The water is drawn from Lake Ontario and goes through a series of filters and chemical treatments before being piped into the main water supply. The Point Pleasant project proposes to double the water pumped in and treated from 40 MLD (mega litres per day) to 80 MLD. The increase is needed for the projected increase in population and expected changes in regulatory standards for drinking water purity. The EIA for the plant’s upgrade identifies the surrounding vegetation and trees as being vulnerable to harm from construction activities during the plant’s renovation.
The Butternut tree is specified in the report as a major concern because it is already an endangered species. Other issues are the pollution of the ground water and soil erosion. Table 2 outlines the environmental impact from the upgrade of the facility. Kingston’s treatment plant’s upgrade is one that shows the existing system is sound because it is for projected future use and not just getting the current system up to par. The many years of investments and planning regarding the water infrastructure have paid off so they do not have to “catch up” just to make the system function nominally.
A strong infrastructure can mean less damage to the environment. Conclusion Environmental impact from city living is inevitable, but it can be minimized. It requires a firm commitment to good planning and major investments in clean technologies. Comparing the upgrade of the water treatment plant in Kingston and the plant in Baku illustrate the differences in the conditions of each city’s water systems. Laws protecting the environment vary from country to country and it is evident that Azerbaijan had few such laws. Canada has much more stringent environmental protection laws than Azerbaijan.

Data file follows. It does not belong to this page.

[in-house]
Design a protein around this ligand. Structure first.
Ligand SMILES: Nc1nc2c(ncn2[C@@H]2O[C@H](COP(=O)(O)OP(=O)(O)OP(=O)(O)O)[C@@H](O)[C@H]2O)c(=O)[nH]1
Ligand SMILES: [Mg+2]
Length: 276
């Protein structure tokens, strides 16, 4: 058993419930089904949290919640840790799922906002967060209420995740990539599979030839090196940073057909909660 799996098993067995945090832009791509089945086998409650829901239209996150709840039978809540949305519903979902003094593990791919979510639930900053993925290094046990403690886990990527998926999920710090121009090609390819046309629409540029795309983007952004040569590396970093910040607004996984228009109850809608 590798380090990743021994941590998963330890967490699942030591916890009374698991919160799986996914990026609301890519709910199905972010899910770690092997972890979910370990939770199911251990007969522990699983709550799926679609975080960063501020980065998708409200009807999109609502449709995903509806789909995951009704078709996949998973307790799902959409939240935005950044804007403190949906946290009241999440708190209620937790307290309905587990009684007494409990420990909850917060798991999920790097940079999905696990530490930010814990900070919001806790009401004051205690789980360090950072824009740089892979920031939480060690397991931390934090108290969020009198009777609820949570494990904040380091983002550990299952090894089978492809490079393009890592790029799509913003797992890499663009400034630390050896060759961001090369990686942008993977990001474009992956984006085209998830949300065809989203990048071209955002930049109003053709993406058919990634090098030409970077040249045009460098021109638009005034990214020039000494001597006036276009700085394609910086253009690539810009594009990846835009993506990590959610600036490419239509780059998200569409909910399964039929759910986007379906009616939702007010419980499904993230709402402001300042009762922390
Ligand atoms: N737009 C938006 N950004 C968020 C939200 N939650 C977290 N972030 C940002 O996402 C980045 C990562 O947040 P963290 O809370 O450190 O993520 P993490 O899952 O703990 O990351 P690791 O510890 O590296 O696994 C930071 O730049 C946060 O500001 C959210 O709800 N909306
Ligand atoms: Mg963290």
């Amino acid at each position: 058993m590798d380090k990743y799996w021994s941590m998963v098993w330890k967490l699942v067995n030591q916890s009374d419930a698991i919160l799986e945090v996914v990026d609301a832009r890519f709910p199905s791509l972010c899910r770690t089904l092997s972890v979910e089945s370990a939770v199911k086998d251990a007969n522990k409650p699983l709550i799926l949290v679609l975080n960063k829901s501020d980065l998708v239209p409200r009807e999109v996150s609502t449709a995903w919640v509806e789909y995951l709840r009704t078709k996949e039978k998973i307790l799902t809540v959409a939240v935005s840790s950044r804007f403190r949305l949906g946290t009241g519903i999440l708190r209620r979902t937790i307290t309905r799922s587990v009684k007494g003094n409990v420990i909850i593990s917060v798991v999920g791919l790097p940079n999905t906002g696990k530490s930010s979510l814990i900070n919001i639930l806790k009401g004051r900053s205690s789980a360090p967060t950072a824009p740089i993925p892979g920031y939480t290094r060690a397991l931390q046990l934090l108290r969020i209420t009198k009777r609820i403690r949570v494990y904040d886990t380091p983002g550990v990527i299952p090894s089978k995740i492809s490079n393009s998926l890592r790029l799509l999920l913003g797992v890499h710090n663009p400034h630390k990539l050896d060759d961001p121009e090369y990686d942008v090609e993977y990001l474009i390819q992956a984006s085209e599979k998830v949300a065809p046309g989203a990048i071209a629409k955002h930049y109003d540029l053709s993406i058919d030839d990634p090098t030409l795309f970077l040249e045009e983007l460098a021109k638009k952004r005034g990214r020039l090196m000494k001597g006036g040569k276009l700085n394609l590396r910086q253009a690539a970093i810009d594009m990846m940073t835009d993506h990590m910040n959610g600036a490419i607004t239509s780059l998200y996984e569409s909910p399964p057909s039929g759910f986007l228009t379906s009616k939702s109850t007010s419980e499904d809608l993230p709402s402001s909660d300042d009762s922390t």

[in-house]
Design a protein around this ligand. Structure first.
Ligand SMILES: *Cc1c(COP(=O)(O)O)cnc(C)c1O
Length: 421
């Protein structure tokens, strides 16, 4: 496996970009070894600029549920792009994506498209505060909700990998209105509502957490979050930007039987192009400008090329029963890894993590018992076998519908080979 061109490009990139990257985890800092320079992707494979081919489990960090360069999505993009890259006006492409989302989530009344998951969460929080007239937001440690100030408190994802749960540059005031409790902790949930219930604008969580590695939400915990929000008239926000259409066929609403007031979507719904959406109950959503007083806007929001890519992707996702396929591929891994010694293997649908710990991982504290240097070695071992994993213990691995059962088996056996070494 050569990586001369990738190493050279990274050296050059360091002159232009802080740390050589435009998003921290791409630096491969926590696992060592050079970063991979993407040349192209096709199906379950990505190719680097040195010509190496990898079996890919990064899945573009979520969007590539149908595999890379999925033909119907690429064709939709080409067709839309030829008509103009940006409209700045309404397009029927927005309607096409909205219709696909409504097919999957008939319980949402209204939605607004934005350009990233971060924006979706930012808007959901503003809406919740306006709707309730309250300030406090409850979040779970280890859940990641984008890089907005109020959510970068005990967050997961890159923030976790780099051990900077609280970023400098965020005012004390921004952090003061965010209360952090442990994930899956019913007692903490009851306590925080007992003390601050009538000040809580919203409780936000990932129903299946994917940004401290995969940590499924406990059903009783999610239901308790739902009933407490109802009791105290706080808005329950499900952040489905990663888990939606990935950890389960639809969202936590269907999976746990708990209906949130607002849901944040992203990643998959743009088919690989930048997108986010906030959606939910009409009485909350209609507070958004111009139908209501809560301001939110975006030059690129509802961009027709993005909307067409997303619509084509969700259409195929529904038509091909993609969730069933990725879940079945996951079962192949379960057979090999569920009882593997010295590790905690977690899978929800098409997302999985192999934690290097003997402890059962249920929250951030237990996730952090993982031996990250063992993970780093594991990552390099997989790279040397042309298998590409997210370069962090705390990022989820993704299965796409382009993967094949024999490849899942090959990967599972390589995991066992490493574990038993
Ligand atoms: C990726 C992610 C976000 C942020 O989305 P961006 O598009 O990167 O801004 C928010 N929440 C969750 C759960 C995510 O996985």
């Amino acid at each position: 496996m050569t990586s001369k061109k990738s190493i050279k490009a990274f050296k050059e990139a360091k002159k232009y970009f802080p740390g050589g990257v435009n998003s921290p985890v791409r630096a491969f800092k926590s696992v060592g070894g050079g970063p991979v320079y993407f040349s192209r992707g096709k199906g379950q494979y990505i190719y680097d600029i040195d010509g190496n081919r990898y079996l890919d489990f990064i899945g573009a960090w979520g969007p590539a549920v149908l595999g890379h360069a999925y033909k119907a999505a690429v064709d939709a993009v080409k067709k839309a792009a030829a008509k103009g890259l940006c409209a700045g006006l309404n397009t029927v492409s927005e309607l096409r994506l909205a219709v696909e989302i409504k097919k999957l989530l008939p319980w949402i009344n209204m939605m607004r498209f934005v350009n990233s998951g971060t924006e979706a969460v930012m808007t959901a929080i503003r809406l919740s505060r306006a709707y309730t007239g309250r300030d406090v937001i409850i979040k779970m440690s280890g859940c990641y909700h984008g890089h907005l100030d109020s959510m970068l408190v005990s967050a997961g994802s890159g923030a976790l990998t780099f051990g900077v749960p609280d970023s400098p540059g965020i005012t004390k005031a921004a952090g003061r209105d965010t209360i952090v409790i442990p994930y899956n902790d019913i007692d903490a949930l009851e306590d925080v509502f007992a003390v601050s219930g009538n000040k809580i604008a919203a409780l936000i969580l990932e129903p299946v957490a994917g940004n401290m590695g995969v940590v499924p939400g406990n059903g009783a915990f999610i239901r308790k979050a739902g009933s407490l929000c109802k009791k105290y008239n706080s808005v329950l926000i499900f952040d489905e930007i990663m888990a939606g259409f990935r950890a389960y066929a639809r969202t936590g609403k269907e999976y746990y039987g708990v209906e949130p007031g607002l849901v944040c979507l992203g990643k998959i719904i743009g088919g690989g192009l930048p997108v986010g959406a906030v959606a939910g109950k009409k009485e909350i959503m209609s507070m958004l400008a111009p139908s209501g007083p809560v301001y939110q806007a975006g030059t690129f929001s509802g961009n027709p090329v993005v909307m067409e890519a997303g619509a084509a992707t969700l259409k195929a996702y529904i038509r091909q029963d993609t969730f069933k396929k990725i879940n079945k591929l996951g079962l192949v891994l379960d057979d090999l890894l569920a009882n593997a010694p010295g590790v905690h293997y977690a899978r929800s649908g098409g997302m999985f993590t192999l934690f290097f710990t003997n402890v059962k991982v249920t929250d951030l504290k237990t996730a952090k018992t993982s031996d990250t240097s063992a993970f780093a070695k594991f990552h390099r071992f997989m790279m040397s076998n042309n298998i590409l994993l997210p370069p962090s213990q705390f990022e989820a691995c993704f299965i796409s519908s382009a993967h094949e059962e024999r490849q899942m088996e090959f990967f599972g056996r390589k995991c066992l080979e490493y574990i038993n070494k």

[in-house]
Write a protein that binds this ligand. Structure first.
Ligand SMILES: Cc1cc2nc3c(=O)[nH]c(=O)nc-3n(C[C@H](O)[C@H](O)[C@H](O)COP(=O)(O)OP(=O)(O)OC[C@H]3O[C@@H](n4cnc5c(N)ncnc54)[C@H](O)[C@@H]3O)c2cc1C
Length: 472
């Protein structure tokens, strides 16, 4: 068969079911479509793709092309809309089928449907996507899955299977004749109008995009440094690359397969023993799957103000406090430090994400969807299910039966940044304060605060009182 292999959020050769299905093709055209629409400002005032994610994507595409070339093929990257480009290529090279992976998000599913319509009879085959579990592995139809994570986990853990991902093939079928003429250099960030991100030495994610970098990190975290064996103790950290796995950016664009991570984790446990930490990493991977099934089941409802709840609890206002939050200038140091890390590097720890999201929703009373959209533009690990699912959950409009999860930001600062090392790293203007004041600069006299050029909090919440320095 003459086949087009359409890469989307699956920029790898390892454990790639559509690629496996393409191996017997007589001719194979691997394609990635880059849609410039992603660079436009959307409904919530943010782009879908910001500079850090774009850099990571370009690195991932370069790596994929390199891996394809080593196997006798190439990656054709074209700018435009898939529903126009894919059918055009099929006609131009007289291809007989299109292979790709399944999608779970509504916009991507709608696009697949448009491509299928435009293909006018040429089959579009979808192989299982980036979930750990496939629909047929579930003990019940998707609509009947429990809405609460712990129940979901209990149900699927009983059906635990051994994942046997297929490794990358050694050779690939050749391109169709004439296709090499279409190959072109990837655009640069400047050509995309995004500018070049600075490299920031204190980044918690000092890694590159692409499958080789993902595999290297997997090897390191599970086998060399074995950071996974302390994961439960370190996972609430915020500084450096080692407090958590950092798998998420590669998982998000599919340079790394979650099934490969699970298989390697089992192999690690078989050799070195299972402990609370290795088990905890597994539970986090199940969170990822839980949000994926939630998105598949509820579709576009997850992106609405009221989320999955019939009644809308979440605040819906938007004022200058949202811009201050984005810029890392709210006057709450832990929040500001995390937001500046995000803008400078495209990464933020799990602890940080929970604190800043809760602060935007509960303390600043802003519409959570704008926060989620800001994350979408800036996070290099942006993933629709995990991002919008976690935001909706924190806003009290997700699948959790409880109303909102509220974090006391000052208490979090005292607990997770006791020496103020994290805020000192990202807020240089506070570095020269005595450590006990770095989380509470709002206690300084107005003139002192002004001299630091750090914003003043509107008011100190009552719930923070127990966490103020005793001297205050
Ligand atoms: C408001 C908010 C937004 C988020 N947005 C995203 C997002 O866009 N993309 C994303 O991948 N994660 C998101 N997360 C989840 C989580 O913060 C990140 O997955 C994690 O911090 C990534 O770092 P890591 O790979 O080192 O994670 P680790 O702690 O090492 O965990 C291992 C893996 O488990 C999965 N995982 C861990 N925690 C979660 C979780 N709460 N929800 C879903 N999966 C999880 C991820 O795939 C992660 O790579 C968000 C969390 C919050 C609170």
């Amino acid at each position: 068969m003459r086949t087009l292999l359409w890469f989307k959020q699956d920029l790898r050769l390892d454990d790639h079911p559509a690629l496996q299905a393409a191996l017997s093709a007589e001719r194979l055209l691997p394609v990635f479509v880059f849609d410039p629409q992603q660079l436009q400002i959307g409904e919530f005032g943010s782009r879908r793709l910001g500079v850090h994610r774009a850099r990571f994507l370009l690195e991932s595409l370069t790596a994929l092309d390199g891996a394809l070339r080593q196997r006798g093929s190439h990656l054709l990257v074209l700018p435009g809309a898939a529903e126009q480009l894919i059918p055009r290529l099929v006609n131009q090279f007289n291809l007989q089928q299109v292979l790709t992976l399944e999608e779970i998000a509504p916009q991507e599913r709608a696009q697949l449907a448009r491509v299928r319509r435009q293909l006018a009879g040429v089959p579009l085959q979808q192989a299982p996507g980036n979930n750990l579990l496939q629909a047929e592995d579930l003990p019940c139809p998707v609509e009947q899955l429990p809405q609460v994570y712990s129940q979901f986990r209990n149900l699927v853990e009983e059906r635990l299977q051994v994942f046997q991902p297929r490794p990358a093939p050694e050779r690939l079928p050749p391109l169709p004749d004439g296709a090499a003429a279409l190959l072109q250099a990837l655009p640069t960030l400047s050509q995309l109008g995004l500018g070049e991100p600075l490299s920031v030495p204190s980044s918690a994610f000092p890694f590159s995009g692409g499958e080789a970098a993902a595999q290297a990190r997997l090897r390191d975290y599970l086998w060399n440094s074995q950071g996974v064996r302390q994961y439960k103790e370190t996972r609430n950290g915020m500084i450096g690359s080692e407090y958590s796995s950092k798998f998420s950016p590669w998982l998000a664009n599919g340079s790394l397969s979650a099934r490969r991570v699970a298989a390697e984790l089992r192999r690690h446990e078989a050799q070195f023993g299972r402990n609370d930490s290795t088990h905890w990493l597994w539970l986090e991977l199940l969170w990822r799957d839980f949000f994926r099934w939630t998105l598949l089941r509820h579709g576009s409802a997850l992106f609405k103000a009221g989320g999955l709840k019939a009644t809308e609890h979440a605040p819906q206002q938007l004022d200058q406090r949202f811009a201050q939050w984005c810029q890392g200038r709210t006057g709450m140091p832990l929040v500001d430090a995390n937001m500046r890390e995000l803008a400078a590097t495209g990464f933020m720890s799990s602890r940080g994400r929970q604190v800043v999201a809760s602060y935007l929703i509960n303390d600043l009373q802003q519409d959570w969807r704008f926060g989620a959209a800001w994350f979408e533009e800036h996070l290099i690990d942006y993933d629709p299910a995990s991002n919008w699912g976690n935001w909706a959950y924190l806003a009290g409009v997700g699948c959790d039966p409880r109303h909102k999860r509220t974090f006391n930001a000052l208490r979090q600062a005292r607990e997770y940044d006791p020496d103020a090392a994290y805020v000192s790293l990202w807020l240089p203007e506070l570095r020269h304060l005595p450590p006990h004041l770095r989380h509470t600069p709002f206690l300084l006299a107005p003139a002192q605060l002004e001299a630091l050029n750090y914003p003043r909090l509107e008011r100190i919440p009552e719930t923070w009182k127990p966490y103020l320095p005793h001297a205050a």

Although Kingston has a much smaller population, the larger cities of Canada have done fairly well protecting the environment. Unfortunately, a country’s wealth dictates the priority that can be given to environmental protection. Lower standards for the construction and maintainence of urban infrastructure increases the chances of environmental degradation. References Azerbaijan. (2010). In Encyclopedia Britannica. Retrieved May 23, 2010, from Encyclopedia Britannica Online Library Edition: http://www. library. eb. com/eb/article-44298 Baku. (2010). In Encyclopedia Britannica.
Retrieved May 23, 2010, from Encyclopedia Britannica Online Library Edition: http://www. library. eb. com/eb/article-9011883 Gischler, Maarten A (2000, summer) “Beautifying the Bay” Azerbaijan International, 8(2), 40-42 Kingston. (2010). In Encyclopedia Britannica. Retrieved May 23, 2010, from Encyclopedia Britannica Online Library Edition: http://www. library. eb. com/eb/article-9045553 Townsend, Mike. (2002, July). BETWEEN TWO SEAS: Progress on the BTC Pipeline Project. Azerbaijan International, 10(3), 90. http://ezproxy. spl. org:2048/loginurl=http://proquest. umi. com/pqdweb